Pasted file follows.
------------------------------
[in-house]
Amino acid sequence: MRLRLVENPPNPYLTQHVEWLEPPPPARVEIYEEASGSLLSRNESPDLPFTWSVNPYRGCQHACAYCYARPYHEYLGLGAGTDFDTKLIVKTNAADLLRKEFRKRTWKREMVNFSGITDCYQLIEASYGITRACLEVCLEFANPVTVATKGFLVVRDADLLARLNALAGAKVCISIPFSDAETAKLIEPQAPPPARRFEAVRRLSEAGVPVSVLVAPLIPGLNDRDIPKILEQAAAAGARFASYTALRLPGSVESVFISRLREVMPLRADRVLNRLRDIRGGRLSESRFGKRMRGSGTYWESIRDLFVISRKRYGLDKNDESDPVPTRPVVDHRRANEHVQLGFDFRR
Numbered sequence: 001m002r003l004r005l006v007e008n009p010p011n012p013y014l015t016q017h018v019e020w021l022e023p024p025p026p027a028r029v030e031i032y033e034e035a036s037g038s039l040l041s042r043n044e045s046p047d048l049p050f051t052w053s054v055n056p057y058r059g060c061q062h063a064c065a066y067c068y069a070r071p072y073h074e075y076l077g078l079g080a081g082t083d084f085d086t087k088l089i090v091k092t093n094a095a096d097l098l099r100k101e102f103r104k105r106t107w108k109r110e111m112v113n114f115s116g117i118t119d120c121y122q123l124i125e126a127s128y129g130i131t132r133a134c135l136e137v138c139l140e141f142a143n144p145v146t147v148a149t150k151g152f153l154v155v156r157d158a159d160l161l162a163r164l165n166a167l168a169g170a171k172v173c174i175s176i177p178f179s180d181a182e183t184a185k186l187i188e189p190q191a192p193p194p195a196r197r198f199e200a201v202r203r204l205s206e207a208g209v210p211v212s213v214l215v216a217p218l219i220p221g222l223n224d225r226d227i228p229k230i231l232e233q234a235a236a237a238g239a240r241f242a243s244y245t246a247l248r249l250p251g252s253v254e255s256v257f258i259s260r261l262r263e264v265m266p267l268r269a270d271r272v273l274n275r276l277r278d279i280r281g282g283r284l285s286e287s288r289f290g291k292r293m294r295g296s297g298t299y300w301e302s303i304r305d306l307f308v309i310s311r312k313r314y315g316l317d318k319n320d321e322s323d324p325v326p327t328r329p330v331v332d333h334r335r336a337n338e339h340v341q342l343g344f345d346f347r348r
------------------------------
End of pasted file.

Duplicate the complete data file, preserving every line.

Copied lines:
[in-house]
Amino acid sequence: MRLRLVENPPNPYLTQHVEWLEPPPPARVEIYEEASGSLLSRNESPDLPFTWSVNPYRGCQHACAYCYARPYHEYLGLGAGTDFDTKLIVKTNAADLLRKEFRKRTWKREMVNFSGITDCYQLIEASYGITRACLEVCLEFANPVTVATKGFLVVRDADLLARLNALAGAKVCISIPFSDAETAKLIEPQAPPPARRFEAVRRLSEAGVPVSVLVAPLIPGLNDRDIPKILEQAAAAGARFASYTALRLPGSVESVFISRLREVMPLRADRVLNRLRDIRGGRLSESRFGKRMRGSGTYWESIRDLFVISRKRYGLDKNDESDPVPTRPVVDHRRANEHVQLGFDFRR
Numbered sequence: 001m002r003l004r005l006v007e008n009p010p011n012p013y014l015t016q017h018v019e020w021l022e023p024p025p026p027a028r029v030e031i032y033e034e035a036s037g038s039l040l041s042r043n044e045s046p047d048l049p050f051t052w053s054v055n056p057y058r059g060c061q062h063a064c065a066y067c068y069a070r071p072y073h074e075y076l077g078l079g080a081g082t083d084f085d086t087k088l089i090v091k092t093n094a095a096d097l098l099r100k101e102f103r104k105r106t107w108k109r110e111m112v113n114f115s116g117i118t119d120c121y122q123l124i125e126a127s128y129g130i131t132r133a134c135l136e137v138c139l140e141f142a143n144p145v146t147v148a149t150k151g152f153l154v155v156r157d158a159d160l161l162a163r164l165n166a167l168a169g170a171k172v173c174i175s176i177p178f179s180d181a182e183t184a185k186l187i188e189p190q191a192p193p194p195a196r197r198f199e200a201v202r203r204l205s206e207a208g209v210p211v212s213v214l215v216a217p218l219i220p221g222l223n224d225r226d227i228p229k230i231l232e233q234a235a236a237a238g239a240r241f242a243s244y245t246a247l248r249l250p251g252s253v254e255s256v257f258i259s260r261l262r263e264v265m266p267l268r269a270d271r272v273l274n275r276l277r278d279i280r281g282g283r284l285s286e287s288r289f290g291k292r293m294r295g296s297g298t299y300w301e302s303i304r305d306l307f308v309i310s311r312k313r314y315g316l317d318k319n320d321e322s323d324p325v326p327t328r329p330v331v332d333h334r335r336a337n338e339h340v341q342l343g344f345d346f347r348r